Tuesday will reveal whether the I-4 corridor is still an important swing corridor or whether it has become an important Democratic Party corridor.
Both Hillary Clinton and Donald Trump hit the counties along that stretch of interstate many times as well — and not just the big cities of St. Petersburg, Tampa and Orlando. Smaller cities and towns were targets as well.
Donald Trump held a rally at the Lakeland Linder Airport and Tim Kaine, presidential candidate Hillary Clinton’s running mate, appeared at a rally at the Lakeland Center.
Polk County, traditionally conservative Republican for two decades, is one of the last pieces of the I-4 corridor Democrats would like to have.
Awakening after 20 years, county party leaders finally succeeded in fielding candidates for all seven legislative races. While no Democratic landslide is in sight and only one likely competitive race this time, the Democrats have taken a page from former Polk County Republican Party Chair Jean Burt.
“I can’t expect people to vote Republican and change their party to Republican unless I give them really good candidates to vote for,” Burt said in 1985 when there was no Republican in office in the county.
Essentially, in each election, she asked well-known people in the community to take one for the party.
The first Republican legislator from Polk since Reconstruction was elected in 1990. A Republican majority was elected in 1996 and there hasn’t been a Democrat elected from Polk since 1998. Now, Democrats seem to be paying attention to Burt’s philosophy.
Two of the bigger names Democrats have fielded are retired Circuit Judge Robert Doyel facing Republican activist Sam Killebrew for House District 41, and former school board member Debra Wright challenging Republican incumbent Kelli Stargel, for Senate District 22.
Doyel amassed a healthy campaign warchest of $92,265, an unusual feat for a Democrat in Polk County. Killebrew finished with $228,699.
Wright raised $26,277 in her Senate campaign, but the incumbent Stargel had received $494,010.
Members of the Florida Legislature receive an annual salary of $29,697.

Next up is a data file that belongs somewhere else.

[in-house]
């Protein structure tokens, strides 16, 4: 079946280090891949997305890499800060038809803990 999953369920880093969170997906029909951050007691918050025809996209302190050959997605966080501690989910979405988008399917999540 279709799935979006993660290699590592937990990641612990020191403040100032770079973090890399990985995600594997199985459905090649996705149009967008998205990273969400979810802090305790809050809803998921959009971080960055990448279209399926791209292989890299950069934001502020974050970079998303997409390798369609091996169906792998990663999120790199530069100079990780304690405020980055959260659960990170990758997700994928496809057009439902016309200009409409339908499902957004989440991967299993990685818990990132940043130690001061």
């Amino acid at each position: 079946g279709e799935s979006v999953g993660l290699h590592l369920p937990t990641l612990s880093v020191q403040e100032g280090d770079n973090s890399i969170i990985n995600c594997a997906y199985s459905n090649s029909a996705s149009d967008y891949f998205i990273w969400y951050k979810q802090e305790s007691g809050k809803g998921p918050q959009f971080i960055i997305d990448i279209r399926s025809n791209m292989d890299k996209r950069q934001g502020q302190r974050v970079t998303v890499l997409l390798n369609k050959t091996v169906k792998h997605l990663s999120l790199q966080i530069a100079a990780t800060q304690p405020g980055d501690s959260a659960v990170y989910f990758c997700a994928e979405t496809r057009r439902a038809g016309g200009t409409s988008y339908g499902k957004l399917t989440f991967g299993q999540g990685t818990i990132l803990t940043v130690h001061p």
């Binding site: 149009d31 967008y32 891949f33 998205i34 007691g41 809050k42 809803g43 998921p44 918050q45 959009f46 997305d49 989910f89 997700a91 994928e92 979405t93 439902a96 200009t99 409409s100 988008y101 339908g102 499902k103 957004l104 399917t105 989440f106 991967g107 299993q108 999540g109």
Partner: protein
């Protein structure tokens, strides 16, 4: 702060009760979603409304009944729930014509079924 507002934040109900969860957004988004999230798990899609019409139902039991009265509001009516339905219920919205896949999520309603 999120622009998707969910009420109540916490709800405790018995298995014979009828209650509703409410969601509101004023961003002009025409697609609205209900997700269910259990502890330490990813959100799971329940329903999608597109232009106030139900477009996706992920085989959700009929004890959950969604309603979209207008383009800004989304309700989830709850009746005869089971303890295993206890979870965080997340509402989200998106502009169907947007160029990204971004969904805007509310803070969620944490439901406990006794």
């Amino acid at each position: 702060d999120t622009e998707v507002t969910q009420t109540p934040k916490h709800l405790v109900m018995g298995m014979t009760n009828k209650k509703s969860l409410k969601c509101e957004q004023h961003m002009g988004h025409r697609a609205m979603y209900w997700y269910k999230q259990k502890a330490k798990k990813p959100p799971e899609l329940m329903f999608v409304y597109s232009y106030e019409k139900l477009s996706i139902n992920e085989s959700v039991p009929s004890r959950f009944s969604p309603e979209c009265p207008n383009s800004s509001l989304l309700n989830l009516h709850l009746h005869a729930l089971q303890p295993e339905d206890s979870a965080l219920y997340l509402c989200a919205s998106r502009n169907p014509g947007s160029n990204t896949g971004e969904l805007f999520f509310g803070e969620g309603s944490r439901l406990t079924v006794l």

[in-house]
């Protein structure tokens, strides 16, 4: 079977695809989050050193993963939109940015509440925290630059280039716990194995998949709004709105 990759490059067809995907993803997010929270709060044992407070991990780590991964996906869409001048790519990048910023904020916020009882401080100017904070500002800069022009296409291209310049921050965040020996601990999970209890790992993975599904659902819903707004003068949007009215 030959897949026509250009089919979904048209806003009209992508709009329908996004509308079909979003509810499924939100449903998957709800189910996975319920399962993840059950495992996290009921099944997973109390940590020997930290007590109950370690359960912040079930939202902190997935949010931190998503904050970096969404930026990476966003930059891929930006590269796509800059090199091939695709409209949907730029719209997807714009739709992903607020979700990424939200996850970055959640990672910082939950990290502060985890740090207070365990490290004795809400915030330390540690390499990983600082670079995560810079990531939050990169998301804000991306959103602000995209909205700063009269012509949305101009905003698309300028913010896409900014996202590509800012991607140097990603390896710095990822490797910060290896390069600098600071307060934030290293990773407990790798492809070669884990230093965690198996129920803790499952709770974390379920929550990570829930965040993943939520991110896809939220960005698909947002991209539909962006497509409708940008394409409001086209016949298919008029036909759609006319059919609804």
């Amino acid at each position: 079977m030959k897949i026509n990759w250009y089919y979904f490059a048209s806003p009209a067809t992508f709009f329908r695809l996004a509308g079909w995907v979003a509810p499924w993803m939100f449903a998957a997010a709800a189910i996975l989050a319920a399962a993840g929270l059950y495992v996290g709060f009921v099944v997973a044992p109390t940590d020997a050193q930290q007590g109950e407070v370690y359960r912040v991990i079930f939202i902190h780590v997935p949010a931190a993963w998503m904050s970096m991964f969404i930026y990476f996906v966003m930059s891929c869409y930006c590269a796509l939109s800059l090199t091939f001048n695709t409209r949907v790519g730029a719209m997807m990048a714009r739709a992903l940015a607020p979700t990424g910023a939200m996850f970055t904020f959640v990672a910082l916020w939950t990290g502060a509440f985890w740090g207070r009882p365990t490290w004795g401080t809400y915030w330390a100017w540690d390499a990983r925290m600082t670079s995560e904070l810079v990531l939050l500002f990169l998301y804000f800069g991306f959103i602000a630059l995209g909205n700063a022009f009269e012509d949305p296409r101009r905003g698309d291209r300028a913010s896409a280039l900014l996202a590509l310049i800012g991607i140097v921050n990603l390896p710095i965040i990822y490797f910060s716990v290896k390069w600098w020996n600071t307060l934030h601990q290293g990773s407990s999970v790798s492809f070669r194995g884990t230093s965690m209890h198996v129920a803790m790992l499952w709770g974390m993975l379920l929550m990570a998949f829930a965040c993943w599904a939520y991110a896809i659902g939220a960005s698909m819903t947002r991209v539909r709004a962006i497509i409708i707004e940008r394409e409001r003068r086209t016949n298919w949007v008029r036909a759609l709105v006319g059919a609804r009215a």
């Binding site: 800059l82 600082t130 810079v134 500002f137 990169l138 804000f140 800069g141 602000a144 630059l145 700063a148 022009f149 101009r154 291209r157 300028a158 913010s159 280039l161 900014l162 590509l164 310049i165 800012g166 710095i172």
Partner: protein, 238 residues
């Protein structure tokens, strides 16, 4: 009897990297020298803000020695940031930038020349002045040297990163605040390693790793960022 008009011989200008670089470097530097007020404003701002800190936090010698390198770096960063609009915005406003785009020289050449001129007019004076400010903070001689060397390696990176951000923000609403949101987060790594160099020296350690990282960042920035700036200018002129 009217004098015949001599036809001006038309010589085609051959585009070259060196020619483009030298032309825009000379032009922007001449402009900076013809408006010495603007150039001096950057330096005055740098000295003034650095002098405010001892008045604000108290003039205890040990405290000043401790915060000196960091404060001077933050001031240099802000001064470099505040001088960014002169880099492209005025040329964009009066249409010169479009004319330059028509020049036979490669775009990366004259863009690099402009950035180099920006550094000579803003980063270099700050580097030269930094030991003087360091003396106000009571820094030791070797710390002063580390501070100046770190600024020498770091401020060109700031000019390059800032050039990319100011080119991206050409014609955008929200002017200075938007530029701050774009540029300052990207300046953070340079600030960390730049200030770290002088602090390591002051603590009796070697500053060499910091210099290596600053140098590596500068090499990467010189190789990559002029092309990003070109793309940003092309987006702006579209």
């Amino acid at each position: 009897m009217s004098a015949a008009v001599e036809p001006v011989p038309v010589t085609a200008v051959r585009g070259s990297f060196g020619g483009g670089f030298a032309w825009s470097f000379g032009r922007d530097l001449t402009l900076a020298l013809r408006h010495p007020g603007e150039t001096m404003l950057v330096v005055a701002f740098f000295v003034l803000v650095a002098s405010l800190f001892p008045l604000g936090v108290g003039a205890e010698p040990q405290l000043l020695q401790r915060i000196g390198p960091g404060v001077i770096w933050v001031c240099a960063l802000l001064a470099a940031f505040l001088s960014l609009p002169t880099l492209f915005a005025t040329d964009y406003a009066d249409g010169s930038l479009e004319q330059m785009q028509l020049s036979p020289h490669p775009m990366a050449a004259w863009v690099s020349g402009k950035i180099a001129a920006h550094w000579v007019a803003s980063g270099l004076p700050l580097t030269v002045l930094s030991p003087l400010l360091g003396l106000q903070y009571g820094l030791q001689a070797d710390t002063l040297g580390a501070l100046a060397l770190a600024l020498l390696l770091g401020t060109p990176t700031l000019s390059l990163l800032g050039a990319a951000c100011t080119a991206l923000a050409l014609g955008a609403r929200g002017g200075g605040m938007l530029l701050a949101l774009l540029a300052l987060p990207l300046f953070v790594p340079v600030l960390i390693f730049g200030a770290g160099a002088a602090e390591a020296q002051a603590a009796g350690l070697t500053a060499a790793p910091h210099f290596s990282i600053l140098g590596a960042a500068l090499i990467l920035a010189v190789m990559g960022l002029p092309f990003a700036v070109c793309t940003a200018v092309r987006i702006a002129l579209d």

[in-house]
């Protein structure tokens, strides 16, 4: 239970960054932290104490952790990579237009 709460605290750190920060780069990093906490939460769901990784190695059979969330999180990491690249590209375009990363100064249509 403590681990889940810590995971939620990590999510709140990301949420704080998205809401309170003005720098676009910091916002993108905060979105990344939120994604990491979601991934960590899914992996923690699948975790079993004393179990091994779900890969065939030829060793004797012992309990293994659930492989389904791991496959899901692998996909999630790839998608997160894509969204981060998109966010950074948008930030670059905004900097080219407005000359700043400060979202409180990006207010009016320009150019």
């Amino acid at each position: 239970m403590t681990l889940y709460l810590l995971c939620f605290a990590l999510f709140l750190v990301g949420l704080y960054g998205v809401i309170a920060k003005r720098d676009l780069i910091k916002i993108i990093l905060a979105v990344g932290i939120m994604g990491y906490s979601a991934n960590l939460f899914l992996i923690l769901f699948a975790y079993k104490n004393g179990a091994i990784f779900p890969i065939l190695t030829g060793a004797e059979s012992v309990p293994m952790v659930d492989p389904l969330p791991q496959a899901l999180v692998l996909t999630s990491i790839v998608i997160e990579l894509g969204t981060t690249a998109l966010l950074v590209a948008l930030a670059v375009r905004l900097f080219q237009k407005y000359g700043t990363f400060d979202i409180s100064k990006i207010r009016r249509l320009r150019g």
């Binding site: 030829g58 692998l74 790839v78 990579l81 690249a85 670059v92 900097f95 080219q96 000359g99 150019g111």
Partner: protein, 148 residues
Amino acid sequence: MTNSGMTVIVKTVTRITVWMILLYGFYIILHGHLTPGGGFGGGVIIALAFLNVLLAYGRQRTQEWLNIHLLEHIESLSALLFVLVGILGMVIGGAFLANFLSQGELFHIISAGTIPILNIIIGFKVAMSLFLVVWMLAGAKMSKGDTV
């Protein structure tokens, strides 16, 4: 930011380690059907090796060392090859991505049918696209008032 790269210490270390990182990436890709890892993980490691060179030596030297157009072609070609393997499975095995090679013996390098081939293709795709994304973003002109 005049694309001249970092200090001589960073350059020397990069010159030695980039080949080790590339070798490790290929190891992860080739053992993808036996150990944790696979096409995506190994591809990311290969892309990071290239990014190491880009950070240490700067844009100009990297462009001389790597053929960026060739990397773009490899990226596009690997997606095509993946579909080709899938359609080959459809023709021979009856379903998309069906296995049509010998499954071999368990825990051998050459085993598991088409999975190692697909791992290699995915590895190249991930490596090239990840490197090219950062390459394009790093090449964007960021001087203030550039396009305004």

How About Another Election?
Walk into any voting location in Lakeland and you will be stopped as you come out of the building and asked if you are a resident within the city limits of Lakeland.
“If you answer yes the person behind the desk (placed at the required distance from the polling entrance) will say ‘Well come on over and sign the petition for a strong mayor.’” Lakeland resident Ricky Shira said after casting his ballot in early voting. He didn’t sign.
The petitioners will be out in force Tuesday at the precinct locations too.
Supporters of changing the city charter to create a strong mayor form of government in Lakeland hope to obtain enough signatures to force the issue onto the ballot in 2017.
Most of the people manning the petition tables are paid. But there are volunteers for the group as well. And there are just as many old-time movers and shakers in Lakeland who have formed a group to oppose the strong-mayor proposal.
Currently, while the mayor is elected by the city’s voters for a four-year term, he or she is considered one of the seven members of the commission in the city manager form of government.
Supporters hope to bring the issue to the ballot in November 2017, when city commission elections are held.
Both Tampa and Orlando, on each side of Lakeland, have the strong mayor system of government. Supporters say Lakeland, whose population is now over 110,000, is large enough to have a strong mayor system.
‘Woman’s Work’ …
Don’t tell Dena DeCamp of Lakeland that Donald Trump doesn’t have the support of women. She will read you a litany of women working in his Florida campaign.
“Most of the Republican campaign headquarters across the state are being run by the Florida Federation of Republican women,” said DeCamp of Lakeland, who is the state president.
She insists that statewide women are coming forward and supporting Trump, recalling a 92-year-old woman who had immigrated from Australia decades ago and became a citizen had come in to register to vote for the first time.
“We have had many people well over the age of 21 come into the Lakeland campaign headquarters to register for the first time or to change parties to Republican,” she said.
The forms are then taken to the Polk County Supervisor of Elections office to be recorded.
DeCamp has supported Trump from the day he won the nomination and has often acted as his surrogate in the state, including speaking at his event in Lakeland.
“This is the person we in the early tea party have been waiting for — a businessman who is not a politician,” she said late Monday as she was putting up more campaign signs.